After being fitted with prosthetics, Liao taught herself to dance again and is now occasionally invited to perform at corporate functions.
Her greatest triumph was two years ago on Dance Out My Life, when she and dance partner Yang Zhigang beat 40 contestants to take the runner-up spot.
“I had to compete against able-bodied people and I thought we would be eliminated quickly. But we got to the final round.”
That year, Liao also completed a 5km road race in Shanghai, running in regular prosthetics. This, she later learned, could damage her knees. But Liao is now having a pair made specifically for running, and once they are ready, she will be able to train for future road races.
Helping to fit Liao with her artificial limbs is Charles Wang, a prosthetics specialist from Taiwan. They met in 2013, when she visited his company’s Shanghai office to get a pair of prosthetics to be worn with high-heeled shoes for a dance competition.
Their chance meeting turned out to be a silver lining.
Company staff introduced them as both were Christians, Liao says. “He’s a technical [adviser] helping people learn how to use prosthetics. He watched my gait and helped me make modifications so the limbs were more comfortable. Later, I gave a talk at a university and he came to listen ... and we eventually had dinner together.”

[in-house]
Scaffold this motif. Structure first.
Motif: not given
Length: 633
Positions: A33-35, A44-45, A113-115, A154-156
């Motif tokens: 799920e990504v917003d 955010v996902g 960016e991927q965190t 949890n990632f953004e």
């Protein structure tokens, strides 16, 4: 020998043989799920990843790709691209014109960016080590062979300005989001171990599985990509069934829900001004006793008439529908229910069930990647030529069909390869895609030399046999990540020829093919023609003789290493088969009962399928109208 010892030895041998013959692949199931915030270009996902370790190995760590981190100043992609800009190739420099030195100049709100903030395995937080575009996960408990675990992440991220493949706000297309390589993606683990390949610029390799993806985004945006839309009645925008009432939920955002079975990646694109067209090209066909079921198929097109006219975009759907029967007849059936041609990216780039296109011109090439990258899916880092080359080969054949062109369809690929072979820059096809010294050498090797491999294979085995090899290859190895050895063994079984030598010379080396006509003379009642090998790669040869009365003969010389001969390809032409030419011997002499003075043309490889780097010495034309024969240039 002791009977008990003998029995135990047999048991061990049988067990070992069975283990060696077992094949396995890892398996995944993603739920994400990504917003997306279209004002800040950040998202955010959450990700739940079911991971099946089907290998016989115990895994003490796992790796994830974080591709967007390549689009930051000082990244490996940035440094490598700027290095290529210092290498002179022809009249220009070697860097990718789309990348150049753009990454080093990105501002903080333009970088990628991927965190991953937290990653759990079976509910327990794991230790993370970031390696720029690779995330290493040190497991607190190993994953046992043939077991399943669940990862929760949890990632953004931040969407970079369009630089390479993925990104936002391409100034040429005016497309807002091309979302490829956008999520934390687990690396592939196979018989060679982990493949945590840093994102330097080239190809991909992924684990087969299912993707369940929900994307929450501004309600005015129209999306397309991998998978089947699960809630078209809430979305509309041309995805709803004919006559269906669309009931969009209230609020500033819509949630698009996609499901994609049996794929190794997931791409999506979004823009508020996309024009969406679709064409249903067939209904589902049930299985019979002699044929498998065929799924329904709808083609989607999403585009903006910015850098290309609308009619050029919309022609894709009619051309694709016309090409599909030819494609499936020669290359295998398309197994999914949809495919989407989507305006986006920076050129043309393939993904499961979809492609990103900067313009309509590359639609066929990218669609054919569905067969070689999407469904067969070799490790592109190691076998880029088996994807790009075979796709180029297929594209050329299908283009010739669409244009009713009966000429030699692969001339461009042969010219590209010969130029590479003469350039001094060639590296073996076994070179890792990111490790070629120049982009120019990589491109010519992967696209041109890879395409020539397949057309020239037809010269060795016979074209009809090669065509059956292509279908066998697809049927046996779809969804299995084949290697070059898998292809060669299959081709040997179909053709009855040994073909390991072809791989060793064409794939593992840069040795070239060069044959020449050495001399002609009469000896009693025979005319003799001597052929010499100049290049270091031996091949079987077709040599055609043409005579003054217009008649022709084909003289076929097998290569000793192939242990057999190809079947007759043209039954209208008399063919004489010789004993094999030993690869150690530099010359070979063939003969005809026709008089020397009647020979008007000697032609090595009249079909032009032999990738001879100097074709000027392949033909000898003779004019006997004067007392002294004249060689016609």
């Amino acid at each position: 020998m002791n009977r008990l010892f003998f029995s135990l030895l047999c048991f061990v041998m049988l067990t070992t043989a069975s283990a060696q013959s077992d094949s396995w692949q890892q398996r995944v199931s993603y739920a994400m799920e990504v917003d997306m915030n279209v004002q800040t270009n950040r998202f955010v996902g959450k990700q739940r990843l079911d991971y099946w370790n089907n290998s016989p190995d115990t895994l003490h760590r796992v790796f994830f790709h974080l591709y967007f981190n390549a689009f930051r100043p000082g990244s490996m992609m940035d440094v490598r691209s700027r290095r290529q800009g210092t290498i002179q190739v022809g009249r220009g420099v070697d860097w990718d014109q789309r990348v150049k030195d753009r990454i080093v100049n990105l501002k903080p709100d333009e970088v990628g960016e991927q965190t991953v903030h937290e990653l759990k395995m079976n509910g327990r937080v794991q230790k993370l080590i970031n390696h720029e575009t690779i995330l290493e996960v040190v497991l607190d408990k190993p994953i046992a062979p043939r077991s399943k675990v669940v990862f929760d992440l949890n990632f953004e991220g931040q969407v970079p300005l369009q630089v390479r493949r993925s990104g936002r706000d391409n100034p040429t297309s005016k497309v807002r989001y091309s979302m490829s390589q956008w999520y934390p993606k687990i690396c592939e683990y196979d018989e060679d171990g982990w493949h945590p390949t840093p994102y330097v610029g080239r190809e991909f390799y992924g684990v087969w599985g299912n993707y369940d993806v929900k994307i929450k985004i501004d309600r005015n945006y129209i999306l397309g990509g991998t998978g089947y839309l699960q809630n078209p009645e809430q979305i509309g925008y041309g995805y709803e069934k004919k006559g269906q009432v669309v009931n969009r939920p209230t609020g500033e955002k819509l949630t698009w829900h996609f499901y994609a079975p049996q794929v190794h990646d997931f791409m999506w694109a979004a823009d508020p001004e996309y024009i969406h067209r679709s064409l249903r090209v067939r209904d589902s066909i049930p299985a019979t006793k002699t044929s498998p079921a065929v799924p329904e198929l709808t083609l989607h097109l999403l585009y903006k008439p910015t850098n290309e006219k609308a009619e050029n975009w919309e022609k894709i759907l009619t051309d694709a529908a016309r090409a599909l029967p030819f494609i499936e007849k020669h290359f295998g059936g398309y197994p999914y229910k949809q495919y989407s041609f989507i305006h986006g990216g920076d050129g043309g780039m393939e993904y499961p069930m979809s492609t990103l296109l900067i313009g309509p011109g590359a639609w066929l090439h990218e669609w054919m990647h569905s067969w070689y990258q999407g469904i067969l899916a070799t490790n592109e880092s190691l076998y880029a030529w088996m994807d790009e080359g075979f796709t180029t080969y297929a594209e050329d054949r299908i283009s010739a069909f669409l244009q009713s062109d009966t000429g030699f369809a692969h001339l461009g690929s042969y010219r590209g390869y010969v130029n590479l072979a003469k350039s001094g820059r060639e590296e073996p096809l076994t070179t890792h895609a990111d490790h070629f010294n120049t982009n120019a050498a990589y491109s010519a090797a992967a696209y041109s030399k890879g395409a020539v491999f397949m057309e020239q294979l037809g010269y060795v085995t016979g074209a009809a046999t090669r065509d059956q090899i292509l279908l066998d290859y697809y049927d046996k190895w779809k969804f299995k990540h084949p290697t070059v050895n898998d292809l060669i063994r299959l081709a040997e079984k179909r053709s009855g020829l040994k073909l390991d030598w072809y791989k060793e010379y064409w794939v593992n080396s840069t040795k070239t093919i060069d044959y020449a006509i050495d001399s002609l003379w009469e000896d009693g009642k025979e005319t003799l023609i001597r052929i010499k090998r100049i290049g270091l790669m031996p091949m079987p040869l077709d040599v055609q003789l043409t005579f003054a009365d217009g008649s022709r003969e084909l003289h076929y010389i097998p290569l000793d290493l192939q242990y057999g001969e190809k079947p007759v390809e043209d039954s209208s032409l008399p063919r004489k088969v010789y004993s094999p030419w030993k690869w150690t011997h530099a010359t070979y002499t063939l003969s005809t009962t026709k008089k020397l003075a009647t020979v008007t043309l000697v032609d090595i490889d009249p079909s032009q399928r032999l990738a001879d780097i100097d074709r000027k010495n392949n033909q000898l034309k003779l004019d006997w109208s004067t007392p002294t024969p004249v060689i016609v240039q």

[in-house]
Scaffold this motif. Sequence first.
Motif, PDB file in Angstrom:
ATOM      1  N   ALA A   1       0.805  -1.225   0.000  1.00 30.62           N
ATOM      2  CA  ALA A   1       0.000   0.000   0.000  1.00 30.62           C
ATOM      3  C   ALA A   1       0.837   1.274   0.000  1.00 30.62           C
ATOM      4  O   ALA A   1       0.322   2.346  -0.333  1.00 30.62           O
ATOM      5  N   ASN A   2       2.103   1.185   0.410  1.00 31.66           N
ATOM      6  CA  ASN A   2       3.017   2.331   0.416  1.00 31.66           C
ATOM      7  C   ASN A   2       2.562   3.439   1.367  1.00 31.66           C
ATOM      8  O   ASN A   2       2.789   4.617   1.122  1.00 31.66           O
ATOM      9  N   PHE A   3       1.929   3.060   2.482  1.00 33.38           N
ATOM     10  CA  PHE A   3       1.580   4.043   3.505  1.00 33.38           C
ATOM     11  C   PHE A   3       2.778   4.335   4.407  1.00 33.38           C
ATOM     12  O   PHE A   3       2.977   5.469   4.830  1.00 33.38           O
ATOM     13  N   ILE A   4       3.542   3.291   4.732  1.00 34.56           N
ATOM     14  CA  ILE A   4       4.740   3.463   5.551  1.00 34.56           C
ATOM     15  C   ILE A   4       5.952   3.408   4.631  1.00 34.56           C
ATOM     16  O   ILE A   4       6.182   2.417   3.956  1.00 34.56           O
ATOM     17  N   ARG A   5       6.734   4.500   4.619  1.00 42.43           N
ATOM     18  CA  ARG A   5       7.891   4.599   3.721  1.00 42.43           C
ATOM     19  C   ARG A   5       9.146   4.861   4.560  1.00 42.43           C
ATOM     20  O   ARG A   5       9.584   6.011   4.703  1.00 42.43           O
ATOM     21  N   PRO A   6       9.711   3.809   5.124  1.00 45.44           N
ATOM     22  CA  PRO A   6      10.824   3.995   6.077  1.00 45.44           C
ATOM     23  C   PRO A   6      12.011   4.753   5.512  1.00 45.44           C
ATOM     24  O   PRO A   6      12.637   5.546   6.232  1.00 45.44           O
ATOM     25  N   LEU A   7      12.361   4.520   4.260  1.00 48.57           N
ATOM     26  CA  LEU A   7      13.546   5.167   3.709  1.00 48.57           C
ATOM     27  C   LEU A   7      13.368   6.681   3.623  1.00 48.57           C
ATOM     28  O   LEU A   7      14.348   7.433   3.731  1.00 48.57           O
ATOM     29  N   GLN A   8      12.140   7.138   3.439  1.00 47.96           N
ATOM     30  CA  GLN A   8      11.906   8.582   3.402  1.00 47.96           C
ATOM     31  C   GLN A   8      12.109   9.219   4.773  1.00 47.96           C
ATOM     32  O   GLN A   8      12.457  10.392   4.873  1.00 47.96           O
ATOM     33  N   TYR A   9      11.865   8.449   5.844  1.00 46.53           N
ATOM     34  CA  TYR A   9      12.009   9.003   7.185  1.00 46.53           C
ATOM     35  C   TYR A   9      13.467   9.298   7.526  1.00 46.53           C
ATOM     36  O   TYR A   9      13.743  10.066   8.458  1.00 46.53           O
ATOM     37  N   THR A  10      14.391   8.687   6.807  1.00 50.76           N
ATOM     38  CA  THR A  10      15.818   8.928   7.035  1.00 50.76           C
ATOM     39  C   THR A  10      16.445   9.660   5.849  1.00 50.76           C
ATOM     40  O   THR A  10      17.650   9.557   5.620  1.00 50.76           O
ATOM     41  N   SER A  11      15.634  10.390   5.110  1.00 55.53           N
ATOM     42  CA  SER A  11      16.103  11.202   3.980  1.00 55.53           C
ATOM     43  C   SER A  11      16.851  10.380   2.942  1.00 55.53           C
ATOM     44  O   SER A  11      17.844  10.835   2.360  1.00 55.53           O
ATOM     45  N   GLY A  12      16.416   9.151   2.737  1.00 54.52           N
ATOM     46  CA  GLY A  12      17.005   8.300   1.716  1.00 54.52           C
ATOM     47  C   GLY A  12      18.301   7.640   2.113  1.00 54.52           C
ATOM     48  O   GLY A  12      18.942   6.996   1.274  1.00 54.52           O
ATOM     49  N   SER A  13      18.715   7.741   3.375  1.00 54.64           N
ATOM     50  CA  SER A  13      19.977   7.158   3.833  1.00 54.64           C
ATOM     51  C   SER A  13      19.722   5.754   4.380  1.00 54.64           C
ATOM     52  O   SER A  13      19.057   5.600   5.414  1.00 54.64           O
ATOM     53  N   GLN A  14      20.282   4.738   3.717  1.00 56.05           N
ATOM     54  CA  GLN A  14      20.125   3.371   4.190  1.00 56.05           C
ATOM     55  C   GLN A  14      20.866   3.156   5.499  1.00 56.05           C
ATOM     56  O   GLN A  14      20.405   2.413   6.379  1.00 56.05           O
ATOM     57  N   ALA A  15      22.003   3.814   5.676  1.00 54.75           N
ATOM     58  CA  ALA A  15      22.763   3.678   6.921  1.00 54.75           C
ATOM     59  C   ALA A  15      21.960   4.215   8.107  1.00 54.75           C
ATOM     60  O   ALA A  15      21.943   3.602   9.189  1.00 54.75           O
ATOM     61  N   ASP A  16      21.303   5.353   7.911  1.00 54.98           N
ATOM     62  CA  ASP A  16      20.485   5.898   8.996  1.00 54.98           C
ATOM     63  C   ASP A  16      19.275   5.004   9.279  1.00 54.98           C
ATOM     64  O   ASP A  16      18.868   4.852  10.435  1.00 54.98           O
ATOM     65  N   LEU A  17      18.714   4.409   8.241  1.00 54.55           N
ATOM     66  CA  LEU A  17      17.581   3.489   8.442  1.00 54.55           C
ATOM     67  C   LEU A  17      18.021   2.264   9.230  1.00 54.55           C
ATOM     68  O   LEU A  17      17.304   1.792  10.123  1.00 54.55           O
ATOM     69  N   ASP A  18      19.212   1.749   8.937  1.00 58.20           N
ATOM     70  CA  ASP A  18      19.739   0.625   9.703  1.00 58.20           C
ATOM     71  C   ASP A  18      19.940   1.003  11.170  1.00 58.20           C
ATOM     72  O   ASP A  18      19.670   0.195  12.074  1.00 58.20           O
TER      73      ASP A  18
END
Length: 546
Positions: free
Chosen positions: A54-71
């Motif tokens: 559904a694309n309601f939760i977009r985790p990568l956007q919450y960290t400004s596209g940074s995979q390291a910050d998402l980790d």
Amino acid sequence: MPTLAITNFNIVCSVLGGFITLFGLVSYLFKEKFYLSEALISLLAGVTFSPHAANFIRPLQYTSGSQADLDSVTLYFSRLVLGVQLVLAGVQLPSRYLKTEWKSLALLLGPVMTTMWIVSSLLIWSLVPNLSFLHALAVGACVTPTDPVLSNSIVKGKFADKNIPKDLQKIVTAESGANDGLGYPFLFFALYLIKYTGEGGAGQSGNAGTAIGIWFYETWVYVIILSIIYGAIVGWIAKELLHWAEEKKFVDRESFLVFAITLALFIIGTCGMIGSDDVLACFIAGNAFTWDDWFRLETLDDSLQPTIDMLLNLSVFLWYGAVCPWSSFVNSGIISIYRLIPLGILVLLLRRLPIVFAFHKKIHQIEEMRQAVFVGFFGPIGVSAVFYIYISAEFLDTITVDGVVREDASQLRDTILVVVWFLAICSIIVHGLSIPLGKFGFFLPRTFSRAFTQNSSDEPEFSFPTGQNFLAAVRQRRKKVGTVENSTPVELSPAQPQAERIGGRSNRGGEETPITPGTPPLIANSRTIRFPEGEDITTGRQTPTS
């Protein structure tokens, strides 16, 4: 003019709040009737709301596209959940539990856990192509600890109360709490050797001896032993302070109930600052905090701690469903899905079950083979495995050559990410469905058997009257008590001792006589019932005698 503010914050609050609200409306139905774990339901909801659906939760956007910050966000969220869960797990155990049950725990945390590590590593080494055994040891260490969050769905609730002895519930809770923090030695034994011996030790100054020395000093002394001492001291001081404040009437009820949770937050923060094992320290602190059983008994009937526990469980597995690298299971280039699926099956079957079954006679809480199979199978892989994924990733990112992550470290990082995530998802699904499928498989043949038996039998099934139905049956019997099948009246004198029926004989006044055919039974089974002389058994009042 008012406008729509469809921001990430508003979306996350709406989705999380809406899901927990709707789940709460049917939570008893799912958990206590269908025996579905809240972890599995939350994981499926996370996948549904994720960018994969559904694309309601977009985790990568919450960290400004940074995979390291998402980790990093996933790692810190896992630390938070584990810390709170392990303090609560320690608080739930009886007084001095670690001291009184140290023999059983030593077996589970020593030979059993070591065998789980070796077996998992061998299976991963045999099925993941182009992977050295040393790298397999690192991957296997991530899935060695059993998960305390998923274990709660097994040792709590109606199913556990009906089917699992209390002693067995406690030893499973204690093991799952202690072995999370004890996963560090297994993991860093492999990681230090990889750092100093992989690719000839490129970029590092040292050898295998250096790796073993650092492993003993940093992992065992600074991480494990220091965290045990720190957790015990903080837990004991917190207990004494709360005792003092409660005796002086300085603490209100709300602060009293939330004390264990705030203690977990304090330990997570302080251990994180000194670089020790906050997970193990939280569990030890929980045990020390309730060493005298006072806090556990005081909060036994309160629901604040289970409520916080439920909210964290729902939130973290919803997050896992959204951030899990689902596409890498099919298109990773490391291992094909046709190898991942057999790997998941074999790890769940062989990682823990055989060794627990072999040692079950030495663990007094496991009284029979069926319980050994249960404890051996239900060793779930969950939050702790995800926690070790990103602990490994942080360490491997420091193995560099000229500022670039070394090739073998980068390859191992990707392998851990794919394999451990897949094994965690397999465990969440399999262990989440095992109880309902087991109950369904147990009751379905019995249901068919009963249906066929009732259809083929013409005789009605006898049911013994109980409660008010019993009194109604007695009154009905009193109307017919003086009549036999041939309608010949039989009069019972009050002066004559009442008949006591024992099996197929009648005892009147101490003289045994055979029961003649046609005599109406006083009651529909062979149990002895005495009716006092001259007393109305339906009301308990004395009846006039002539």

They married the following year and are now looking to start a family.
Her husband has helped her become an independent person who doesn’t need to rely on others, Liao says.
“I don’t want a man who takes care of everything because I am disabled. Of course, he has to treat me well, but I can also take care of his needs. Charles is caring and attentive. When I am confronted with stairs, he will ask whether I need a piggyback.
“He’s very professional, encouraging me to train my thigh muscles to improve my walking with prosthetics.
With a prosthetics specialist for a husband, Liao has been able to have different types of artificial limbs.
“Right after I lost my legs, I feltdeep regret about not being able to wear high heels, which I love. I felt dejected whenever I heard the sounds of high heels clacking on the floor,” she says.
“But my husband helped me get a pair of prosthetics specifically for wearing high heels. I care a lot about how my artificial limbs look. I want them to look beautiful. My friends helped me design them. Now, I have seven pairs with different shapes, packaging and functions.”
Although Liao is well-known on the mainland, few Hongkongers are familiar with her story. But it inspired Jimmy Lee to create the play about her.
The stage veteran says he likes developing plays around flesh-and-blood characters. His past productions have included Queen of the Wind, based on the life of champion Olympic windsurfer Lee Lai-shan.